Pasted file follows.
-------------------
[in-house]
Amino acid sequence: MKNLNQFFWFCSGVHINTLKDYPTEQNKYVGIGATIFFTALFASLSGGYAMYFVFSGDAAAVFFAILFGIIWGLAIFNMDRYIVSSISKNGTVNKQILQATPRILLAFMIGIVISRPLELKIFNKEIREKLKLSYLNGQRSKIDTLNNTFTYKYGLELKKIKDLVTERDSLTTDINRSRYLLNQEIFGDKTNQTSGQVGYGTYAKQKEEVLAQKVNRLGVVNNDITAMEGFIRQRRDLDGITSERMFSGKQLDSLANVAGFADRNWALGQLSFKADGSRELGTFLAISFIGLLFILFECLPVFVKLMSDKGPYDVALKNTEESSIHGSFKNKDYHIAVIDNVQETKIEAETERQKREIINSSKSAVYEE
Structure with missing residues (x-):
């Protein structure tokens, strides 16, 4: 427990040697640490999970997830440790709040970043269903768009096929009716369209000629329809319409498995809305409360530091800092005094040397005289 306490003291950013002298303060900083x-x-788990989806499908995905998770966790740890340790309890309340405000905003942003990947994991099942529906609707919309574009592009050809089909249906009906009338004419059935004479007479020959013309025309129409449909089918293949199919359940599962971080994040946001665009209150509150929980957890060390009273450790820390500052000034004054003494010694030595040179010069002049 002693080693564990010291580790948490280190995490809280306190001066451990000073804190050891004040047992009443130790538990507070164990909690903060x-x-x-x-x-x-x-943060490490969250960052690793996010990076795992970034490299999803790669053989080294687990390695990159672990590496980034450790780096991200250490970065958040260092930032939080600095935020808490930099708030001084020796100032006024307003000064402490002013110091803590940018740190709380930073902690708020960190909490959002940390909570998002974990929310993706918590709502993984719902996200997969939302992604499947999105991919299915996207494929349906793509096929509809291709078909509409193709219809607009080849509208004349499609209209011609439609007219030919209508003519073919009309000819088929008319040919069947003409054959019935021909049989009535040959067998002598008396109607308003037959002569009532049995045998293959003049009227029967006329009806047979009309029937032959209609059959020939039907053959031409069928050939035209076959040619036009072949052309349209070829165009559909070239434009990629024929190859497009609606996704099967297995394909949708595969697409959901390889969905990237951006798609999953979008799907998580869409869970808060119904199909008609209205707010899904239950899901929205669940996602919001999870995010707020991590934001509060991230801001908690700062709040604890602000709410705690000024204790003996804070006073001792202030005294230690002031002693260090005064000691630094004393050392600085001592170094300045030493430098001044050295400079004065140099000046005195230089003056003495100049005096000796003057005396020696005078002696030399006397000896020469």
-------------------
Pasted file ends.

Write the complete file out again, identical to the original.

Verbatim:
[in-house]
Amino acid sequence: MKNLNQFFWFCSGVHINTLKDYPTEQNKYVGIGATIFFTALFASLSGGYAMYFVFSGDAAAVFFAILFGIIWGLAIFNMDRYIVSSISKNGTVNKQILQATPRILLAFMIGIVISRPLELKIFNKEIREKLKLSYLNGQRSKIDTLNNTFTYKYGLELKKIKDLVTERDSLTTDINRSRYLLNQEIFGDKTNQTSGQVGYGTYAKQKEEVLAQKVNRLGVVNNDITAMEGFIRQRRDLDGITSERMFSGKQLDSLANVAGFADRNWALGQLSFKADGSRELGTFLAISFIGLLFILFECLPVFVKLMSDKGPYDVALKNTEESSIHGSFKNKDYHIAVIDNVQETKIEAETERQKREIINSSKSAVYEE
Structure with missing residues (x-):
């Protein structure tokens, strides 16, 4: 427990040697640490999970997830440790709040970043269903768009096929009716369209000629329809319409498995809305409360530091800092005094040397005289 306490003291950013002298303060900083x-x-788990989806499908995905998770966790740890340790309890309340405000905003942003990947994991099942529906609707919309574009592009050809089909249906009906009338004419059935004479007479020959013309025309129409449909089918293949199919359940599962971080994040946001665009209150509150929980957890060390009273450790820390500052000034004054003494010694030595040179010069002049 002693080693564990010291580790948490280190995490809280306190001066451990000073804190050891004040047992009443130790538990507070164990909690903060x-x-x-x-x-x-x-943060490490969250960052690793996010990076795992970034490299999803790669053989080294687990390695990159672990590496980034450790780096991200250490970065958040260092930032939080600095935020808490930099708030001084020796100032006024307003000064402490002013110091803590940018740190709380930073902690708020960190909490959002940390909570998002974990929310993706918590709502993984719902996200997969939302992604499947999105991919299915996207494929349906793509096929509809291709078909509409193709219809607009080849509208004349499609209209011609439609007219030919209508003519073919009309000819088929008319040919069947003409054959019935021909049989009535040959067998002598008396109607308003037959002569009532049995045998293959003049009227029967006329009806047979009309029937032959209609059959020939039907053959031409069928050939035209076959040619036009072949052309349209070829165009559909070239434009990629024929190859497009609606996704099967297995394909949708595969697409959901390889969905990237951006798609999953979008799907998580869409869970808060119904199909008609209205707010899904239950899901929205669940996602919001999870995010707020991590934001509060991230801001908690700062709040604890602000709410705690000024204790003996804070006073001792202030005294230690002031002693260090005064000691630094004393050392600085001592170094300045030493430098001044050295400079004065140099000046005195230089003056003495100049005096000796003057005396020696005078002696030399006397000896020469």